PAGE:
Though I had never imagined life without him - I was faced with that reality when he was diagnosed with stage 4 lung cancer in November of 2007. Even then - I believed that he could beat it - he was strong, courageous and more faithful than any of us could have ever been. He was willing to do whatever it took to defeat this disease - trusting in the doctors, always having a positive outlook - and never complaining through any of the treatments. He even bragged on Well-Star's Cyberknife treatment because it was the latest and greatest of technologies - and he was thankful for the opportunity to try it out.
Two things (among 100's of others) that I will always remember Papa saying to me was that he wanted to:
1. See me graduate college...
2. and walk me down the aisle...
And we did it! He was more than delighted to give me away in marriage to Aaron. Papa loved Aaron as if he was his very own son - and he told him frequently how much he loved him. He knew that Aaron would take care of me and gave us his complete blessing in marriage.
Papa and I practiced walking down the aisle - as he kept saying - "slow down Michele - we'll get there"We practiced dancing to The Blue Danube Waltz because Papa thought that would be the most beautiful song to dance to at the reception. He was a much better dancer than me - but he was patient and we had so much fun! Papa never asked me when we were going to have children. He never pressured us at all for great-grand babies. He wanted us to enjoy marriage and each other to the fullest - then grow our family when we were ready. I just always knew that Papa would hold our children - tell then jokes, teach them things that he taught us - and sing to them "sweetest little fella" like he always sang to me. I envisioned over and over seeing Papa hold our children - and I am so sad that they will never truly know or understand the man that Papa was.
I am thankful however that I got to watch Papa love on Aaron. He was always showing Aaron new things, working right alongside him and every-now-and-then, slipping him a pocket knife, or another treasure that he had been saving for Aaron.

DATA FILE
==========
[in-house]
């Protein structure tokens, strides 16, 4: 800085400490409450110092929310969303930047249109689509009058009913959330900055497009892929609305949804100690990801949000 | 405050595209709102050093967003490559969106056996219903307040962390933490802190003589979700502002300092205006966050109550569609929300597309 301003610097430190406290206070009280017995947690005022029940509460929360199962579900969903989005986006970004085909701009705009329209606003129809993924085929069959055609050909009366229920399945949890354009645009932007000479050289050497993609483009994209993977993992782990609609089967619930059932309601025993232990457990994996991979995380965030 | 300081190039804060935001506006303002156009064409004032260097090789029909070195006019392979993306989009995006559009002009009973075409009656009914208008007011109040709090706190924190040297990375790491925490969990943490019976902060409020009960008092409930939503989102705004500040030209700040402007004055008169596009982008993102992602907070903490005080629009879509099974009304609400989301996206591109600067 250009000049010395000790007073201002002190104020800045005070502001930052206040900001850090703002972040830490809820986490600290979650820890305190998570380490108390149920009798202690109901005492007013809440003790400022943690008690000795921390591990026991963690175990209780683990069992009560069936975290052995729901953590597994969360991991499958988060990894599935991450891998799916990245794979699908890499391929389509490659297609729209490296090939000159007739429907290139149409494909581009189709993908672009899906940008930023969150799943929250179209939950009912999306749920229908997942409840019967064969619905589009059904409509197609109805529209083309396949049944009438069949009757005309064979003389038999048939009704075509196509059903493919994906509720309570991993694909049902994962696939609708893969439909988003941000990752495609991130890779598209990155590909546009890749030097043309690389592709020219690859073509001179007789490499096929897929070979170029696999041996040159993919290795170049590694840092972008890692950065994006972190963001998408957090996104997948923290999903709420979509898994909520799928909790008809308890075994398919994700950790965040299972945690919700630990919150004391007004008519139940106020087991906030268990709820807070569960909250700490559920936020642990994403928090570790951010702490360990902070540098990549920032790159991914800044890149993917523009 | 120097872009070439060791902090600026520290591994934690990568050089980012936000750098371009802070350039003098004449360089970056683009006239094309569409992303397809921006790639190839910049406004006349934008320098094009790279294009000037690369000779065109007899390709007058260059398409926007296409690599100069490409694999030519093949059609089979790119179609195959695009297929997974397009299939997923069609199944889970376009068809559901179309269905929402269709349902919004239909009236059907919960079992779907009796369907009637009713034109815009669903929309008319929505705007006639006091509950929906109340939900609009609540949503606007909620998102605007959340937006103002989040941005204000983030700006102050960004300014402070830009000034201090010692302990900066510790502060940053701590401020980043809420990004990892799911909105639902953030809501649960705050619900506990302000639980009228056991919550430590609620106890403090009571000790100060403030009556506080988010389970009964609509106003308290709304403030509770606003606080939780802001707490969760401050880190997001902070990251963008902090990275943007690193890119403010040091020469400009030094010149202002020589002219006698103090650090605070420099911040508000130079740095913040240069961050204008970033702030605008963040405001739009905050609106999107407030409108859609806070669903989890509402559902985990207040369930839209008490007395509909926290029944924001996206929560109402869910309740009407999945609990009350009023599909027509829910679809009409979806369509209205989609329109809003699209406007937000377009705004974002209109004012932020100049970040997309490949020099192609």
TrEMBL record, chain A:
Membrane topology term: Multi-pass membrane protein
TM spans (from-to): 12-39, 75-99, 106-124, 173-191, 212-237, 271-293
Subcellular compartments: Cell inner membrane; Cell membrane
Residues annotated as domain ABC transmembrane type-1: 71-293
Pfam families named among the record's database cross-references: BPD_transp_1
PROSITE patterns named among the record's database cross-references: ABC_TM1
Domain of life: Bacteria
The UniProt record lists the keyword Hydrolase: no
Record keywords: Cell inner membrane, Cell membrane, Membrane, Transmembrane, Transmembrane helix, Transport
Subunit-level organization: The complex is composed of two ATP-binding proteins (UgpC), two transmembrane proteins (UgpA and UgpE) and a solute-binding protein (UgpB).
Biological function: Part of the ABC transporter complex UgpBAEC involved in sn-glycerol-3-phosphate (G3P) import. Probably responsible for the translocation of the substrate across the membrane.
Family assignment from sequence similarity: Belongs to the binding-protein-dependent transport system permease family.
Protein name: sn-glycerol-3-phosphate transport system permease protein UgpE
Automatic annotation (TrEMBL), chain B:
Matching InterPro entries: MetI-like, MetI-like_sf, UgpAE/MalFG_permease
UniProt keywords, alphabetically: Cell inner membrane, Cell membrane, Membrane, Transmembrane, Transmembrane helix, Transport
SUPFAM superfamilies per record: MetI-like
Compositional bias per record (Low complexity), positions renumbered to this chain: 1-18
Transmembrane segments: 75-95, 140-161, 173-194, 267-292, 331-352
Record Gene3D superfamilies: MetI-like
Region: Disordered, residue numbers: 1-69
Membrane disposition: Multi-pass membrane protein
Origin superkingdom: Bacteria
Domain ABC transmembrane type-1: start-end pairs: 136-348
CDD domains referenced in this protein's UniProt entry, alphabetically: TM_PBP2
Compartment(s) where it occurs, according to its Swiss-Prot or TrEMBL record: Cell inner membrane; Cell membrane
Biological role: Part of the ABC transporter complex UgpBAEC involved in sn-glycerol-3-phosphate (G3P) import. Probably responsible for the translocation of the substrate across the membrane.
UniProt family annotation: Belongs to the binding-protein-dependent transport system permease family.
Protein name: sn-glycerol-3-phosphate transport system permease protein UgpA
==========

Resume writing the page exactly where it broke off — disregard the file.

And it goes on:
Though some may see it as the cancer won in the end - I would have to disagree. Papa was victorious in the end. He never lost faith, never blamed God and never questioned "why me." In the end his testimony far outlives that disease, his earthly death or any suffering that he went through. He was TRULY a good and faithful servant.
Just last weekend I was at my mom's and she was having her house painted by a long-time friend - that used to paint houses for Papa. The painter's name is Aaron and he was talking to my Aaron about Papa. He didn't talk about the things he had, the homes he built, or the money in his bank - you know what he said? Aaron said that it didn't matter if you were Black, White, Yellow or Red - that "Mr. Bob" loved you and always showed kindness to everyone he met. What a legacy and a testimony to a life lived selfLESSly - with true servant leadership.
There's not a day that goes by that I don't miss Papa, think about him, or even try to call him - he would ALWAYS pick-up the phone! But I am so thankful that somehow - I was fortunate enough to share in his life - from the day he brought me home from the hospital - to the day he was welcomed into his eternal home! I'm sure he's growing prize winning tomatoes, plowing someone elses heavelny field - and most of all glorifying his Father in Heaven!